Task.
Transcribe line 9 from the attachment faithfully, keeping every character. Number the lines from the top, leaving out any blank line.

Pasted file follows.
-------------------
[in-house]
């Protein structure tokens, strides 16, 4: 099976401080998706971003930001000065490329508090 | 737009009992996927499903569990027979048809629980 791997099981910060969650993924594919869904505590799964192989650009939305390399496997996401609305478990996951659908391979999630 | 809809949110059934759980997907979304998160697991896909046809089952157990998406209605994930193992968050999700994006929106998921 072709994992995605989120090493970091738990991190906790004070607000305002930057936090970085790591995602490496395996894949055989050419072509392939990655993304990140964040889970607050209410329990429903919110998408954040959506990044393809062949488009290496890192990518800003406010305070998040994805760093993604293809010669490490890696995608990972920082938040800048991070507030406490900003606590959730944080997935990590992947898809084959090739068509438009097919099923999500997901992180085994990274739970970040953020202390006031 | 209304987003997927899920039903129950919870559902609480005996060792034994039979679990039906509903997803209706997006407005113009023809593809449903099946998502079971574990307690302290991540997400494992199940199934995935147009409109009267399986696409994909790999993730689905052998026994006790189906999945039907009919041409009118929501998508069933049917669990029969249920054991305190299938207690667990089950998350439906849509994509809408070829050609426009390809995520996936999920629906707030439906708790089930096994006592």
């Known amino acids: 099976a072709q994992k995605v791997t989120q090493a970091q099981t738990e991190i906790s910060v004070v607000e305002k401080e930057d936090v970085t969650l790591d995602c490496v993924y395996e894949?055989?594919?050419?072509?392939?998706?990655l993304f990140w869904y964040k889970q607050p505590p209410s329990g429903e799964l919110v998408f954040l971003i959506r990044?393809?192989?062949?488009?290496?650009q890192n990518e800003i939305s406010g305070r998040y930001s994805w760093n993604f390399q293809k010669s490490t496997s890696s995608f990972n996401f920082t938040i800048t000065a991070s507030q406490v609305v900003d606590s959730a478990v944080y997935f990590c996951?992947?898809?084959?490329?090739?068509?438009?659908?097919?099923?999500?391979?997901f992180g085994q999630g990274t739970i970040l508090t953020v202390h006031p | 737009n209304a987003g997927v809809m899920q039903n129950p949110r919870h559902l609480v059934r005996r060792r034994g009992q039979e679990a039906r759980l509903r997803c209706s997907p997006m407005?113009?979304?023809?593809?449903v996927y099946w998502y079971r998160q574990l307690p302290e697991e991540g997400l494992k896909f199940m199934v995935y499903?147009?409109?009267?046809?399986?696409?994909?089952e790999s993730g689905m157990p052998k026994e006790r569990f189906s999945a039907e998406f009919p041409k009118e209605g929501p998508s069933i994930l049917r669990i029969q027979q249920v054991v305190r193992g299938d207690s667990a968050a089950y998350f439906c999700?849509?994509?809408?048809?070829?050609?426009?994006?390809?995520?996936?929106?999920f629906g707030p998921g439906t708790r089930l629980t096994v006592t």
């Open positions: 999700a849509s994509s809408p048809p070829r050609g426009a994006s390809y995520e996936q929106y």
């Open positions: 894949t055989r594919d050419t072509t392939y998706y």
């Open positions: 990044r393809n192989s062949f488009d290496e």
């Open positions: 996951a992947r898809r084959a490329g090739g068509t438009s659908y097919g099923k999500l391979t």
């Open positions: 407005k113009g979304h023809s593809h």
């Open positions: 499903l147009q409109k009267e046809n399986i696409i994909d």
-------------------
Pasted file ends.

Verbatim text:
């Open positions: 499903l147009q409109k009267e046809n399986i696409i994909d």